Equality includes everyone

Updated
Revelers celebrate during the Gay Pride parade on June 26, 2011 in New York City.
Revelers celebrate during the Gay Pride parade on June 26, 2011 in New York City.
Mario Tama/Getty Images

Our founding fathers created a nation built on the power of its citizens and drafted the U.S. Constitution to guard against tyranny by any singular or majority power.

As Americans, it is up to each and every one of us to fight injustice and inequality when we are faced with it. Today, we are faced with such injustice in the form of discrimination against same-sex couples, who deserve the same freedom to marry as anyone else.

We cannot be part-time advocates for justice. When we fail to stand up to tyranny, we leave an opening for an attack on our own civil rights. The issue is not about being gay or straight but about the civil rights of Americans who are seeking to have the same rights and protections as their brothers and sisters across this great nation.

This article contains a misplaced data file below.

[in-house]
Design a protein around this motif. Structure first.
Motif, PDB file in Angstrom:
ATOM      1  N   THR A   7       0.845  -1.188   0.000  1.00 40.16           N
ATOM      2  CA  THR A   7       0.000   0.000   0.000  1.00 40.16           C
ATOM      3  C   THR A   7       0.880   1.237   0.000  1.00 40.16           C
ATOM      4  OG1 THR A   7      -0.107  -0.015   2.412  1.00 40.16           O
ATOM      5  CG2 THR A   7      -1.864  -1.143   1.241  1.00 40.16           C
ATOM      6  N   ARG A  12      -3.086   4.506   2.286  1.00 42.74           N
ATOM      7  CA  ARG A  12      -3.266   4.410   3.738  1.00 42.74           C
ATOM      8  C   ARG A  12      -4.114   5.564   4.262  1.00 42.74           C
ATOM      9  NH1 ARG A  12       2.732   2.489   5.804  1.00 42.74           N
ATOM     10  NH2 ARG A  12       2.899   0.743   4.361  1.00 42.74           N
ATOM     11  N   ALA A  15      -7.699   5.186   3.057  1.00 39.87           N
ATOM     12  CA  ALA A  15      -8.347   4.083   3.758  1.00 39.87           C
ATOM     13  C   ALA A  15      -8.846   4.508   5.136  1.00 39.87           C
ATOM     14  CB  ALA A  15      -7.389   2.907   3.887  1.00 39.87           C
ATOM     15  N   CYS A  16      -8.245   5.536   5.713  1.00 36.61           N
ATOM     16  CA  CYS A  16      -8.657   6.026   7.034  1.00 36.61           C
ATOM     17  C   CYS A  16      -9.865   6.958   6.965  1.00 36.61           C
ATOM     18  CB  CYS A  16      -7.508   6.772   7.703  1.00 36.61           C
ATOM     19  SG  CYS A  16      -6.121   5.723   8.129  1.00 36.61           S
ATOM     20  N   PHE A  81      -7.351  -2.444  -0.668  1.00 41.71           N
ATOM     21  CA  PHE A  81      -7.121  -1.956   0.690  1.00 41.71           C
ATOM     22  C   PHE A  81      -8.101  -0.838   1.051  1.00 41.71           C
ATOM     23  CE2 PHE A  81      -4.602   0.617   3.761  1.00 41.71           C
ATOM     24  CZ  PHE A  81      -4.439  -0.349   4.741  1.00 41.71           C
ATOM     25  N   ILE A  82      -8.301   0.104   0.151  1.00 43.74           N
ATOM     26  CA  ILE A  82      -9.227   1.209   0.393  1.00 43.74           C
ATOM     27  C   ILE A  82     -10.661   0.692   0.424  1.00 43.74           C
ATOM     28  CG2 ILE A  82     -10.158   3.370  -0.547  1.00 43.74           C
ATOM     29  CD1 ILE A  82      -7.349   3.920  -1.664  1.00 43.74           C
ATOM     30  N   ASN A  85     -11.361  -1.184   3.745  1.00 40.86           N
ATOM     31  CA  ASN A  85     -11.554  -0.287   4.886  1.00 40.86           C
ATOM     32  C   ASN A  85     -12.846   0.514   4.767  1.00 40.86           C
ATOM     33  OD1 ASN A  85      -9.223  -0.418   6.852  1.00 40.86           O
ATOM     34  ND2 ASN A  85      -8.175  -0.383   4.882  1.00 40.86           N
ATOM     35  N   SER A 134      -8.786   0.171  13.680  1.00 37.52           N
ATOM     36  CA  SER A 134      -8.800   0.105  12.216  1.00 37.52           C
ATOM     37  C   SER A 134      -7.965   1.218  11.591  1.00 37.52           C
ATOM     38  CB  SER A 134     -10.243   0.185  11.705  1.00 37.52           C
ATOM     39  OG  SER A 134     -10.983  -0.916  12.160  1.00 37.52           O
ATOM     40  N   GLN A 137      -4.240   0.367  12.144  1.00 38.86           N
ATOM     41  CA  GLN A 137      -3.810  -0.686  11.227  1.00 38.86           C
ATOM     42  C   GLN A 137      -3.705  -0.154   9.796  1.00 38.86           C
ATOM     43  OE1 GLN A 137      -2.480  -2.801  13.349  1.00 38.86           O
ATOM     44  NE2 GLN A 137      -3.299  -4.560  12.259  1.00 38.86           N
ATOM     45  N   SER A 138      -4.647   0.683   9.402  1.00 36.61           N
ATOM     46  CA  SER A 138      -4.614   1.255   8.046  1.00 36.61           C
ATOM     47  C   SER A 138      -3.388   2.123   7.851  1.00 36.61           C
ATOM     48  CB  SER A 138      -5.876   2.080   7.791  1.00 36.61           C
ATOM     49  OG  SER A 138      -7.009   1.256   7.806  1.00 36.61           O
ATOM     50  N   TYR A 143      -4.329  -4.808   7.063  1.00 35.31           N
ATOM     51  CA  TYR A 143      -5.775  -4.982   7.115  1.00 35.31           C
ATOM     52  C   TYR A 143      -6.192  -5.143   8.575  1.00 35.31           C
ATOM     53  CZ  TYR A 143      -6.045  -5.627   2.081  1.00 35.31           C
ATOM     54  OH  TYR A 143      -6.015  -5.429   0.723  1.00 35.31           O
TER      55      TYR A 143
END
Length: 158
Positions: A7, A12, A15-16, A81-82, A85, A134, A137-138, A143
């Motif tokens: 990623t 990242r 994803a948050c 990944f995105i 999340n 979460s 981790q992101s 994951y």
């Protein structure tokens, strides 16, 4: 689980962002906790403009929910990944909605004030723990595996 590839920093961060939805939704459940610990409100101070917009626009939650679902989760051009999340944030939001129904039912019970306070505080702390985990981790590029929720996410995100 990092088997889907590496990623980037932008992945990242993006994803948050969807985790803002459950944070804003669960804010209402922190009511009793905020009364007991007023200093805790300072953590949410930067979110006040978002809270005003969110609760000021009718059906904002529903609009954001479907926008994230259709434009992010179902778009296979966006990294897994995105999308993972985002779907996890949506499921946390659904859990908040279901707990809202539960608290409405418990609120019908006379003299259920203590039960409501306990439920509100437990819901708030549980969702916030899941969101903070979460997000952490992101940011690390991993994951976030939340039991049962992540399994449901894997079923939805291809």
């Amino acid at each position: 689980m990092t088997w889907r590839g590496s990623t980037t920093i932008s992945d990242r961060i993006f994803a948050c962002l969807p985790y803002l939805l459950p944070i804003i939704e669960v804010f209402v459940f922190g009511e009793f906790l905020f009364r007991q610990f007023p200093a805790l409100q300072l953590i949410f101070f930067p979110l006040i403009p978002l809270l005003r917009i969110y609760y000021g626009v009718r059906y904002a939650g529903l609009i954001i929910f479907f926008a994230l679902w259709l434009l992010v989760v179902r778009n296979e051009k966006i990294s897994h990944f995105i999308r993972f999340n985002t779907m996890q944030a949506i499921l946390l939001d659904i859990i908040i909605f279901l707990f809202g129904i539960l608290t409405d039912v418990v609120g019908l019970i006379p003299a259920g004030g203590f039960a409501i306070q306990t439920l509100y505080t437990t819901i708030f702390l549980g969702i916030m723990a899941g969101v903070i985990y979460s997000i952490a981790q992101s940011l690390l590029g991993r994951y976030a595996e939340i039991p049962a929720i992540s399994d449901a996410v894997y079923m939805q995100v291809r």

We can’t stand on the sidelines

Certainly, having the same rights and protections must apply to marriage: the cornerstone of our families, our neighborhoods, and society at large. We cannot stand on the sidelines as loving and committed gay and lesbians are denied the freedom to marry. Our fellow LGBT citizens are faced with discrimination in their jobs, their communities, and their everyday lives. Because of the federal Defense of Marriage Act (DOMA) and state laws like California’s discriminatory Proposition 8 legislation banning same-sex marriage, gay and lesbian couples are treated as second-class citizens.

That’s why the American people are demanding change. According to a recent Washington Post-ABC News poll, a bipartisan majority of Americans — 58 percent – already support the freedom to marry. That number leaps to 81 percent among voters under 30.

Read more of Rev. Sharpton’s op-ed on theGrio.com.

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Equality includes everyone

Updated